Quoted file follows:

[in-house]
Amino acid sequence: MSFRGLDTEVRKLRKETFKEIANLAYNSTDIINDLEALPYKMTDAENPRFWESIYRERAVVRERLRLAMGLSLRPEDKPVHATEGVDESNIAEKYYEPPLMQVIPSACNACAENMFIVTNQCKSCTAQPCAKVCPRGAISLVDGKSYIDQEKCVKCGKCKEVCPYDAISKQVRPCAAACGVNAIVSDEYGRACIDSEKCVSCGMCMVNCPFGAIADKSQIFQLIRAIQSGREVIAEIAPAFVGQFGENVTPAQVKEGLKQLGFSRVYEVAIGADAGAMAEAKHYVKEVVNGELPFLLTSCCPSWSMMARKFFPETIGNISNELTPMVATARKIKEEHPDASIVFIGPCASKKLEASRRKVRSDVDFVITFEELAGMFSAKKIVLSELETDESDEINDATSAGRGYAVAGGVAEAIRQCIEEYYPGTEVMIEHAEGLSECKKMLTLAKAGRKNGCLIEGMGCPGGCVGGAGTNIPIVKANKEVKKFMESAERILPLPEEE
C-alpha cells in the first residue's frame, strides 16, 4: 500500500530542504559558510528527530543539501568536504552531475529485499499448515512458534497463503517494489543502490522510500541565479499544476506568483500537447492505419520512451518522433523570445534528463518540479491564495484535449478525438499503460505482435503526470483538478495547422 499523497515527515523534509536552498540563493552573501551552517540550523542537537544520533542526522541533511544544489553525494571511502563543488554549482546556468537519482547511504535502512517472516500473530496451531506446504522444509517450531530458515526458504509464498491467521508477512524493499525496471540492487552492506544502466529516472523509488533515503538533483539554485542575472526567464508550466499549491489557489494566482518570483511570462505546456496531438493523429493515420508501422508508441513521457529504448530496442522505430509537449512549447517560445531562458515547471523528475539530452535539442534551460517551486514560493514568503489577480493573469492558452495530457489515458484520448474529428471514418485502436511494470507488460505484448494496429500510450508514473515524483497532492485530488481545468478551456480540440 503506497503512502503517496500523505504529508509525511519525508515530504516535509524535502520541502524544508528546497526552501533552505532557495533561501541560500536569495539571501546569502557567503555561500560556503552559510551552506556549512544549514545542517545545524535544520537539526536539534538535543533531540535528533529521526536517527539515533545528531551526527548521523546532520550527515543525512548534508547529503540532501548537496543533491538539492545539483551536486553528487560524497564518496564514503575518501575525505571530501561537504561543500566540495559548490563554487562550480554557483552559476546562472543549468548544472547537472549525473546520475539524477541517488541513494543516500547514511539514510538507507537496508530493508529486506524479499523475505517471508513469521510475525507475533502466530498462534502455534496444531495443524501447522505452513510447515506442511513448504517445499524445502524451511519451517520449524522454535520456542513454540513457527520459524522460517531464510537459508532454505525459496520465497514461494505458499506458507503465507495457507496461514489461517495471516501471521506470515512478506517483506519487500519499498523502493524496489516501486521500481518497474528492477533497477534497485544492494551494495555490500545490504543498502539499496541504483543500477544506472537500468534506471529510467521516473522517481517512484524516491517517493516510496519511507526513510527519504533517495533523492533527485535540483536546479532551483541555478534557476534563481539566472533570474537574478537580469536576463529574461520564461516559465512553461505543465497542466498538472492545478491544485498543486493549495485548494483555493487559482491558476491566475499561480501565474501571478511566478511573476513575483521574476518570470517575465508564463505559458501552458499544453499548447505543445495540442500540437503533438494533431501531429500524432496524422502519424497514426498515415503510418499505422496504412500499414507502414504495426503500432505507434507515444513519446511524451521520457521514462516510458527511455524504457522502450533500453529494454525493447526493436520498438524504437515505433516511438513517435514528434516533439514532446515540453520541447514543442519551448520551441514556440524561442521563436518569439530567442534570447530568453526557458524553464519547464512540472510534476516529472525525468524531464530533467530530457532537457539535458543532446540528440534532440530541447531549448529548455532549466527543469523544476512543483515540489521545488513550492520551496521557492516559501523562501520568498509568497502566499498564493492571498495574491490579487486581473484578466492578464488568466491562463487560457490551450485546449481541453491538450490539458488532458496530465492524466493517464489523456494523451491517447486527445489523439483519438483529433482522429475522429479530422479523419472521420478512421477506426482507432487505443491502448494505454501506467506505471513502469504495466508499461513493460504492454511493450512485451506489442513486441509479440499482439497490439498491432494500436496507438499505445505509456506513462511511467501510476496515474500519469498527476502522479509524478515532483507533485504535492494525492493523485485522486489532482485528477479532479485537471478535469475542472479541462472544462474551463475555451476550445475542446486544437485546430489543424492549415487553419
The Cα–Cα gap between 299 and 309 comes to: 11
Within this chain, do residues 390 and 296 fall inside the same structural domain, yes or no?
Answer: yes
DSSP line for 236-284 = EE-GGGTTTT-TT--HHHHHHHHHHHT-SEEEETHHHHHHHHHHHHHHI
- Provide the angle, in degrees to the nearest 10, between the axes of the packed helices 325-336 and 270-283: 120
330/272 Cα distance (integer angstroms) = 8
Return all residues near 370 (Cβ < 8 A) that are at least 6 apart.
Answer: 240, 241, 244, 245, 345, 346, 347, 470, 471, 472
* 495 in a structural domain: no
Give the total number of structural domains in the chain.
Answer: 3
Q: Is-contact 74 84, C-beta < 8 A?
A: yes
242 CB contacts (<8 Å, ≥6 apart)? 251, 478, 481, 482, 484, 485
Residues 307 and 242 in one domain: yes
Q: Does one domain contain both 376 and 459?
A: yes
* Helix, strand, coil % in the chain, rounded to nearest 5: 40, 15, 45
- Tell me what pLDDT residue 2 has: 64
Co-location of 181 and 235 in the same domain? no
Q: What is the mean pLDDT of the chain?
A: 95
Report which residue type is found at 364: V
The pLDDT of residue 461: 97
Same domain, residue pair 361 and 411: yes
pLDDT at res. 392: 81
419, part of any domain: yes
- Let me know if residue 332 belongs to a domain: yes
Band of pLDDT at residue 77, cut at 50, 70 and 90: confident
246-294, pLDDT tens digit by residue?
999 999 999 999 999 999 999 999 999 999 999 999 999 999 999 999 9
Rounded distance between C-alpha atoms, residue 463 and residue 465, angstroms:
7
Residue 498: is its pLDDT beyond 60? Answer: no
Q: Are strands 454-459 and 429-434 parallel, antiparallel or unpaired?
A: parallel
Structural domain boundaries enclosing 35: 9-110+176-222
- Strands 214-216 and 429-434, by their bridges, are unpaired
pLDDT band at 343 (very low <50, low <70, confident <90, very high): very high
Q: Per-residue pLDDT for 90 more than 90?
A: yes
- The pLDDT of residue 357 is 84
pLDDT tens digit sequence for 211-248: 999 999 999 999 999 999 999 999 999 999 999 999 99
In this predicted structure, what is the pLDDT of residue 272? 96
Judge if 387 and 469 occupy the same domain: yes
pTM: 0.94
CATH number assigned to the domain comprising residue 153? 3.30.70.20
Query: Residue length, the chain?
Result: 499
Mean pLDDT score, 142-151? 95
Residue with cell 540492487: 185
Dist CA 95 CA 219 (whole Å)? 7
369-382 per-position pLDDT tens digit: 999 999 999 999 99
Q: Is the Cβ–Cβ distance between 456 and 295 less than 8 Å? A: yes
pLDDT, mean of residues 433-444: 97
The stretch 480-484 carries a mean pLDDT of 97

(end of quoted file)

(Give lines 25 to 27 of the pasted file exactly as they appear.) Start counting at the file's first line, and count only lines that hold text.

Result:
A: 95
Report which residue type is found at 364: V
The pLDDT of residue 461: 97